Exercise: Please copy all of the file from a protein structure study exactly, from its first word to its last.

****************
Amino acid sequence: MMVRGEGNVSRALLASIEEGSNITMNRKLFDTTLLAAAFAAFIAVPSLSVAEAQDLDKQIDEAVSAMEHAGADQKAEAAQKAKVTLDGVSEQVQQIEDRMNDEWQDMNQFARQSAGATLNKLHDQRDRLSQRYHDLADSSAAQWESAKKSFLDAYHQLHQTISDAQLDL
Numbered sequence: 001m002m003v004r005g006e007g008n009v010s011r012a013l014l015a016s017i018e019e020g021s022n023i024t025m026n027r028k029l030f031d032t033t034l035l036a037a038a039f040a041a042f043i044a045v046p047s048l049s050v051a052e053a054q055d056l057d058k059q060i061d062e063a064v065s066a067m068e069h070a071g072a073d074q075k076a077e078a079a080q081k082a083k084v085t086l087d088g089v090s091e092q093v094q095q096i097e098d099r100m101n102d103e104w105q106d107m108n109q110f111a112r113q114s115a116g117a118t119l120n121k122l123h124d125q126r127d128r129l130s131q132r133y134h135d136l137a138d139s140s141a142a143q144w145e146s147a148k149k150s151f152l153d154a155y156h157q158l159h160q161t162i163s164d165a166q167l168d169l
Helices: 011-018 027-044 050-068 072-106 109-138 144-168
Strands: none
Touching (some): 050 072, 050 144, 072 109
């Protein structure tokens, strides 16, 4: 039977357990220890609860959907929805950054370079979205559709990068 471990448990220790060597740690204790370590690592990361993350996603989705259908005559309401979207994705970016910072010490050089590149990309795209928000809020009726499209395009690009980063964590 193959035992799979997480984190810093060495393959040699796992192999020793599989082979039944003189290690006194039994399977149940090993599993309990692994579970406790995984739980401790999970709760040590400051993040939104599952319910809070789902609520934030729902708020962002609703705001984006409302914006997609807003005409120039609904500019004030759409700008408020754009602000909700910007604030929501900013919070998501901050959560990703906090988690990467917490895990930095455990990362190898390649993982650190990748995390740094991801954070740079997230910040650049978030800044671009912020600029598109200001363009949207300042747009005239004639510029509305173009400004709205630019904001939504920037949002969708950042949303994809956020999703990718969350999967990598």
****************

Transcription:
Amino acid sequence: MMVRGEGNVSRALLASIEEGSNITMNRKLFDTTLLAAAFAAFIAVPSLSVAEAQDLDKQIDEAVSAMEHAGADQKAEAAQKAKVTLDGVSEQVQQIEDRMNDEWQDMNQFARQSAGATLNKLHDQRDRLSQRYHDLADSSAAQWESAKKSFLDAYHQLHQTISDAQLDL
Numbered sequence: 001m002m003v004r005g006e007g008n009v010s011r012a013l014l015a016s017i018e019e020g021s022n023i024t025m026n027r028k029l030f031d032t033t034l035l036a037a038a039f040a041a042f043i044a045v046p047s048l049s050v051a052e053a054q055d056l057d058k059q060i061d062e063a064v065s066a067m068e069h070a071g072a073d074q075k076a077e078a079a080q081k082a083k084v085t086l087d088g089v090s091e092q093v094q095q096i097e098d099r100m101n102d103e104w105q106d107m108n109q110f111a112r113q114s115a116g117a118t119l120n121k122l123h124d125q126r127d128r129l130s131q132r133y134h135d136l137a138d139s140s141a142a143q144w145e146s147a148k149k150s151f152l153d154a155y156h157q158l159h160q161t162i163s164d165a166q167l168d169l
Helices: 011-018 027-044 050-068 072-106 109-138 144-168
Strands: none
Touching (some): 050 072, 050 144, 072 109
């Protein structure tokens, strides 16, 4: 039977357990220890609860959907929805950054370079979205559709990068 471990448990220790060597740690204790370590690592990361993350996603989705259908005559309401979207994705970016910072010490050089590149990309795209928000809020009726499209395009690009980063964590 193959035992799979997480984190810093060495393959040699796992192999020793599989082979039944003189290690006194039994399977149940090993599993309990692994579970406790995984739980401790999970709760040590400051993040939104599952319910809070789902609520934030729902708020962002609703705001984006409302914006997609807003005409120039609904500019004030759409700008408020754009602000909700910007604030929501900013919070998501901050959560990703906090988690990467917490895990930095455990990362190898390649993982650190990748995390740094991801954070740079997230910040650049978030800044671009912020600029598109200001363009949207300042747009005239004639510029509305173009400004709205630019904001939504920037949002969708950042949303994809956020999703990718969350999967990598």